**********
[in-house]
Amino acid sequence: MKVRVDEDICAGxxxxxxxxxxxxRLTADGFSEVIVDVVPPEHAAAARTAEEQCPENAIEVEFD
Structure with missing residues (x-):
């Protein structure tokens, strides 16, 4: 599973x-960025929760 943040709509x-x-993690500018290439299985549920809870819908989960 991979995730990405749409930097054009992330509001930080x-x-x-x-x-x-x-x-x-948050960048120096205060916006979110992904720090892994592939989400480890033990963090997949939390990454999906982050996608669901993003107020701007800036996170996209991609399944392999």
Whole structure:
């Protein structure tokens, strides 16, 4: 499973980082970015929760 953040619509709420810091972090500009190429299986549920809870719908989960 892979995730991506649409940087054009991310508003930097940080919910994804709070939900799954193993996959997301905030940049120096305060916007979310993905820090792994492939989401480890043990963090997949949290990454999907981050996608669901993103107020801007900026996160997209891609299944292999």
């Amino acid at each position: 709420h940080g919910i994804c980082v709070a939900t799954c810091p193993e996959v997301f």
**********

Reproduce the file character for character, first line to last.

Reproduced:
[in-house]
Amino acid sequence: MKVRVDEDICAGxxxxxxxxxxxxRLTADGFSEVIVDVVPPEHAAAARTAEEQCPENAIEVEFD
Structure with missing residues (x-):
């Protein structure tokens, strides 16, 4: 599973x-960025929760 943040709509x-x-993690500018290439299985549920809870819908989960 991979995730990405749409930097054009992330509001930080x-x-x-x-x-x-x-x-x-948050960048120096205060916006979110992904720090892994592939989400480890033990963090997949939390990454999906982050996608669901993003107020701007800036996170996209991609399944392999």
Whole structure:
């Protein structure tokens, strides 16, 4: 499973980082970015929760 953040619509709420810091972090500009190429299986549920809870719908989960 892979995730991506649409940087054009991310508003930097940080919910994804709070939900799954193993996959997301905030940049120096305060916007979310993905820090792994492939989401480890043990963090997949949290990454999907981050996608669901993103107020801007900026996160997209891609299944292999």
């Amino acid at each position: 709420h940080g919910i994804c980082v709070a939900t799954c810091p193993e996959v997301f």